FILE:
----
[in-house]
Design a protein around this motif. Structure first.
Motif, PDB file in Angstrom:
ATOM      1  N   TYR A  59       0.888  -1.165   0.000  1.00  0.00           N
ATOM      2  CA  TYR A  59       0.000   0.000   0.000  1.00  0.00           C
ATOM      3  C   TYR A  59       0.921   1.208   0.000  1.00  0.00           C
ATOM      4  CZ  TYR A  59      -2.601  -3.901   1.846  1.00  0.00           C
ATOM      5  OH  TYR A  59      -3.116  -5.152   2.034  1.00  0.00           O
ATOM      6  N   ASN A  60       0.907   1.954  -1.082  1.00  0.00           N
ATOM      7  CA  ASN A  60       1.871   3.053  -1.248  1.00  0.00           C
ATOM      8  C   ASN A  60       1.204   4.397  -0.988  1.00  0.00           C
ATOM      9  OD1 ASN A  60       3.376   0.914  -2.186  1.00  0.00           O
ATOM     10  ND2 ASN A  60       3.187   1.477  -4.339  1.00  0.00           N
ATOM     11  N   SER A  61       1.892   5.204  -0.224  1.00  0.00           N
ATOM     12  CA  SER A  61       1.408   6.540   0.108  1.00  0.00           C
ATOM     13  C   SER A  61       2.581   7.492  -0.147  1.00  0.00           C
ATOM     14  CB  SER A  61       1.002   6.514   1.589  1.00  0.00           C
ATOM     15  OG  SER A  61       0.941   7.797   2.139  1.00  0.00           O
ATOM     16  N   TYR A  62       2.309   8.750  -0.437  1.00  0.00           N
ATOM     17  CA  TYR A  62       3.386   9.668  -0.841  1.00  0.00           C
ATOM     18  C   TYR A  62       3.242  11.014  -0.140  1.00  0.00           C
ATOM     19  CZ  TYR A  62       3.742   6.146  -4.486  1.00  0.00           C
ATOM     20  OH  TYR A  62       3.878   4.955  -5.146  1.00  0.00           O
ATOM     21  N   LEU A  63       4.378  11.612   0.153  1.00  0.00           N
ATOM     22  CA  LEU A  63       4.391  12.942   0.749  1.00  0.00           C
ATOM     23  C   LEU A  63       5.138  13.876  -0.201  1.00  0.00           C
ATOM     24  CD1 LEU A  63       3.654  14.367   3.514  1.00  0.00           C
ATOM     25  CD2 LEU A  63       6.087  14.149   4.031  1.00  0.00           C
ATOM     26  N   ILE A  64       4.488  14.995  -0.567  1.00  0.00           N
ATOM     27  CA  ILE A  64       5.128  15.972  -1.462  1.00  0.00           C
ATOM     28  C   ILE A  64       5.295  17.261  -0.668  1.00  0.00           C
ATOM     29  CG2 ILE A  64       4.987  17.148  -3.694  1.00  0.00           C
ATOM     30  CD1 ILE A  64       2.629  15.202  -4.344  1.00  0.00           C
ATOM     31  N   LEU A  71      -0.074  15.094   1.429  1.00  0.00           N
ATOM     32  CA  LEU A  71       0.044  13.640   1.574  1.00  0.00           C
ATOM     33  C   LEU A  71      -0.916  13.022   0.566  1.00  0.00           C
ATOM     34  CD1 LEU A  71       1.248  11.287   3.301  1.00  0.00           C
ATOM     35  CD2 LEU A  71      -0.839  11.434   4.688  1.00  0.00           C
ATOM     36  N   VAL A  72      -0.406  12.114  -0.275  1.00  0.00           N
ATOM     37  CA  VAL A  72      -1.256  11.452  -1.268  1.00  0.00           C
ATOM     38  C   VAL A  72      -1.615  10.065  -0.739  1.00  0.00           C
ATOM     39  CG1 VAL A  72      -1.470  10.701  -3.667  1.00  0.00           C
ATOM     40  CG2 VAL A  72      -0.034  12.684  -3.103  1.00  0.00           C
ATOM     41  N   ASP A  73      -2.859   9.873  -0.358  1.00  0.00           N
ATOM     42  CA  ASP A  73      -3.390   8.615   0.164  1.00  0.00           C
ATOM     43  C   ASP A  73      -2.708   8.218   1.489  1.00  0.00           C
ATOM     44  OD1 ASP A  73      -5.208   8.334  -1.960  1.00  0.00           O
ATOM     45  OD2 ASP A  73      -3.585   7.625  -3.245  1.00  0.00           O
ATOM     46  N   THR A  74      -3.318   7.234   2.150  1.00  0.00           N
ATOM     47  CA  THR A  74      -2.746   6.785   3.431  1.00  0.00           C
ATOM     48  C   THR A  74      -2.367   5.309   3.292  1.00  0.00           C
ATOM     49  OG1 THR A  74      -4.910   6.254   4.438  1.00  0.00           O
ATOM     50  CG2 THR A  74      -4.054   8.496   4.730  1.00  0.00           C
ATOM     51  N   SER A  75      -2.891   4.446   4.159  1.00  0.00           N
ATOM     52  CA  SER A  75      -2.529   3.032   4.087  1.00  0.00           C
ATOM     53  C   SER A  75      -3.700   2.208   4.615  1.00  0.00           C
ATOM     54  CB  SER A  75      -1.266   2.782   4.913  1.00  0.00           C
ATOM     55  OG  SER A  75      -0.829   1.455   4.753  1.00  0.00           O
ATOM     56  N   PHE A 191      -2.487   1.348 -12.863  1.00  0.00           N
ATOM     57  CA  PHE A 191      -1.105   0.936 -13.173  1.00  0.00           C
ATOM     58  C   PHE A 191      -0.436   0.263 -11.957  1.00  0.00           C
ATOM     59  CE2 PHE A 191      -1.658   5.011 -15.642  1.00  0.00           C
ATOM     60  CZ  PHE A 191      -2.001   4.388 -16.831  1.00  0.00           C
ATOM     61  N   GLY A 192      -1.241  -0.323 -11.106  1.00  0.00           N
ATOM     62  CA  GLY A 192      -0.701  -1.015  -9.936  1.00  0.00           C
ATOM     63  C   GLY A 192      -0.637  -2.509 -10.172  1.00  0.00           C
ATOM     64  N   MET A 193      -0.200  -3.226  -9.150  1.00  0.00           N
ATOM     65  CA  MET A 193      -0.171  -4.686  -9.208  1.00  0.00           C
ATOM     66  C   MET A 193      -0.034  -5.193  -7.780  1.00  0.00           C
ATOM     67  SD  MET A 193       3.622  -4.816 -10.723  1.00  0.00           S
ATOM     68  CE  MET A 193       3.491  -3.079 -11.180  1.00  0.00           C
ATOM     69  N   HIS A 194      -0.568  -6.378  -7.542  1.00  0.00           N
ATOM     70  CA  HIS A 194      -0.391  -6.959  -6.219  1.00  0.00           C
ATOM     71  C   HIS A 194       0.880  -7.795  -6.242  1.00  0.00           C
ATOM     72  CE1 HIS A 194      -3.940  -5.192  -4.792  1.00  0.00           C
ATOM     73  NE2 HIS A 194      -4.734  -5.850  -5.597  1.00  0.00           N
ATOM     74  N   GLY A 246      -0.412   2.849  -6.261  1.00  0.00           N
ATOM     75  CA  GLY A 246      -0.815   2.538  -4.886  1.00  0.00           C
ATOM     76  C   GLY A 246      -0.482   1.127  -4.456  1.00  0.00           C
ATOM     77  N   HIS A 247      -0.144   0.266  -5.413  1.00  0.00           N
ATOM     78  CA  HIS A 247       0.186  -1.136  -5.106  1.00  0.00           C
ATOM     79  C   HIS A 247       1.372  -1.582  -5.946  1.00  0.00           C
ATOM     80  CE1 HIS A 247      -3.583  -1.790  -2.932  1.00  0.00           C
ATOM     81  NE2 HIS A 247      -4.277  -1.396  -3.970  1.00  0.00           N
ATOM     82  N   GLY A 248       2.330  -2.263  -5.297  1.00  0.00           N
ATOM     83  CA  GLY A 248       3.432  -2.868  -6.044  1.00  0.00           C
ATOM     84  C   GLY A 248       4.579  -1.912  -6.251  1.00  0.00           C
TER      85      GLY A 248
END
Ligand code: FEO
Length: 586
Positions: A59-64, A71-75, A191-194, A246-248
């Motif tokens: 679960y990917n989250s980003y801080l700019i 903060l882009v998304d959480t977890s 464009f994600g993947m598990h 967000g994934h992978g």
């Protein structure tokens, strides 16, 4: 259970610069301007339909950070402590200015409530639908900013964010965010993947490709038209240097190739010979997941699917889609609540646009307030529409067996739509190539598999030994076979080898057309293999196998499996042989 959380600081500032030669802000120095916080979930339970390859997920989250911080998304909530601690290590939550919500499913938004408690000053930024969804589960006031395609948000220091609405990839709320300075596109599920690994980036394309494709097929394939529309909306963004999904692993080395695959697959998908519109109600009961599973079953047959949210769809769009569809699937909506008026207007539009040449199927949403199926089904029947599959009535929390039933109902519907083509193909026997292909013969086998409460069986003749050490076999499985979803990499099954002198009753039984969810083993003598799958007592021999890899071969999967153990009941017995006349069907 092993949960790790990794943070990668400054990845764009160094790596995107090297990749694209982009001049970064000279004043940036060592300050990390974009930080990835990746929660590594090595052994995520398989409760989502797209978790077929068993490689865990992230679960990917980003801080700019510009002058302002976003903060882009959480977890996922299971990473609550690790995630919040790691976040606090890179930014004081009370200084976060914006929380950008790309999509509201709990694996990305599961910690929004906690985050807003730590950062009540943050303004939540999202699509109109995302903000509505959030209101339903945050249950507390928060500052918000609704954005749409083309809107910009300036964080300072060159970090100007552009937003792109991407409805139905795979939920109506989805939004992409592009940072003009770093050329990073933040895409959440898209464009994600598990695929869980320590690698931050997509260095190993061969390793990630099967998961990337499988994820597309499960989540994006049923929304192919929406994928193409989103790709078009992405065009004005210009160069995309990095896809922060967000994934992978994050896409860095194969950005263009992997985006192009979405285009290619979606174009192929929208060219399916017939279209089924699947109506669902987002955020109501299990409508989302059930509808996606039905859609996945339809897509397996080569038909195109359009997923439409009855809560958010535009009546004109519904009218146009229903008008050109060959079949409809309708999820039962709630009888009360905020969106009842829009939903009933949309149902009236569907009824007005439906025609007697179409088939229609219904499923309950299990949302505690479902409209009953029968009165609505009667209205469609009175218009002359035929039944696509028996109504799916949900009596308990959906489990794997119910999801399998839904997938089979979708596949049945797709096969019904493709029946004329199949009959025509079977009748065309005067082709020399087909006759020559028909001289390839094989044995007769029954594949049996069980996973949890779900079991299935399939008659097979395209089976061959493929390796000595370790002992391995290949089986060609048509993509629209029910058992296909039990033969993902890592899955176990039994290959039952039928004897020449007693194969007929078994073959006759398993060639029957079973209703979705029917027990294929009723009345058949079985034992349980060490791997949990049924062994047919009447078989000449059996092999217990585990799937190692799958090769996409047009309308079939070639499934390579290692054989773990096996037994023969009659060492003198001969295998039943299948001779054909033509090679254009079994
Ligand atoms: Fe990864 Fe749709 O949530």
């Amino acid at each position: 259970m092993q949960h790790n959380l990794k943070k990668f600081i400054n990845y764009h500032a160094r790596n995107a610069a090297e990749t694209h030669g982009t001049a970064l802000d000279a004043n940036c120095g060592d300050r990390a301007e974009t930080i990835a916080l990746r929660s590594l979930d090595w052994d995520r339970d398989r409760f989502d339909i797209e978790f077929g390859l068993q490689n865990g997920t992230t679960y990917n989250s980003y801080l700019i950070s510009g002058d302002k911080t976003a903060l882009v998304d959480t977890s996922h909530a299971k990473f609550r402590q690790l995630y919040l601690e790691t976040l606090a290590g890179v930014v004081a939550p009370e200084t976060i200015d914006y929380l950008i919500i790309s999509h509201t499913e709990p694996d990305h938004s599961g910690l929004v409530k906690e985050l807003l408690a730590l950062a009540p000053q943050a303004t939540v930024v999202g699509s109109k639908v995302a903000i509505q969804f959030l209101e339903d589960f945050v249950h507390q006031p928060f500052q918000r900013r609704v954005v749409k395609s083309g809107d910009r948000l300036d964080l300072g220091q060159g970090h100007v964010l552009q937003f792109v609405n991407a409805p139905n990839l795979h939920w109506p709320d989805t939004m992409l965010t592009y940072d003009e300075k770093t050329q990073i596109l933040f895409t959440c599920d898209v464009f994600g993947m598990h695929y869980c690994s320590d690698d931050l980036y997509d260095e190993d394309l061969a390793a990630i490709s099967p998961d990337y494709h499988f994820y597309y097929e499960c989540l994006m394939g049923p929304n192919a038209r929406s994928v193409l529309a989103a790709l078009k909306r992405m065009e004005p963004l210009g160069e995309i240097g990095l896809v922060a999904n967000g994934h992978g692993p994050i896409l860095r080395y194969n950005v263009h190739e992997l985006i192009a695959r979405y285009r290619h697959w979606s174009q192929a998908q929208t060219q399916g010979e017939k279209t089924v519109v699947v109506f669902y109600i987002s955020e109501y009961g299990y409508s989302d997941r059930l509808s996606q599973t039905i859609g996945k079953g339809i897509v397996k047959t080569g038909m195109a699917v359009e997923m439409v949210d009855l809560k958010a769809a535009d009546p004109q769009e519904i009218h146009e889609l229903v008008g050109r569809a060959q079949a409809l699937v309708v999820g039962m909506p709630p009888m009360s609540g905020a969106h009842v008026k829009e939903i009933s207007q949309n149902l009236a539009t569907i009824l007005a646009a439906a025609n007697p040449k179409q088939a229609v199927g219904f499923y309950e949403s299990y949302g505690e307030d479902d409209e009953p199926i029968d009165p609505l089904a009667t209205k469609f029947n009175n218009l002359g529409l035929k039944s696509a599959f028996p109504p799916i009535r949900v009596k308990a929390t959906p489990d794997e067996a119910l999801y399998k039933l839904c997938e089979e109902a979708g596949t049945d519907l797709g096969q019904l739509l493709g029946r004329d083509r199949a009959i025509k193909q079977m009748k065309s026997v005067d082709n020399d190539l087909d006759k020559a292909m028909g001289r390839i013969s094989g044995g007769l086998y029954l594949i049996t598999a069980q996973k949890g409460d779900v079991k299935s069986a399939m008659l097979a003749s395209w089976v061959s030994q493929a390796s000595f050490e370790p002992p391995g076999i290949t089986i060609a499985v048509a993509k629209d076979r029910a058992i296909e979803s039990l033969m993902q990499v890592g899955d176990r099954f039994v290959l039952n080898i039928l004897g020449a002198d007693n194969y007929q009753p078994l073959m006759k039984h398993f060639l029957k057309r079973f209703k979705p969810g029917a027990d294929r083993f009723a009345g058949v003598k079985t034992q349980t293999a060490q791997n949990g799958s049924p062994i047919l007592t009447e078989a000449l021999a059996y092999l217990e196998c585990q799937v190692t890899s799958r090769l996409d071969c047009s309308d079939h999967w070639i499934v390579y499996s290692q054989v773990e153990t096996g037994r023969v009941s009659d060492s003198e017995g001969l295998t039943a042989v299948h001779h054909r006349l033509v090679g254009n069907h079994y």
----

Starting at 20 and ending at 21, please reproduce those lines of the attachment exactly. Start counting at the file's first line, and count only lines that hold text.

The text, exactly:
ATOM     17  CA  TYR A  62       3.386   9.668  -0.841  1.00  0.00           C
ATOM     18  C   TYR A  62       3.242  11.014  -0.140  1.00  0.00           C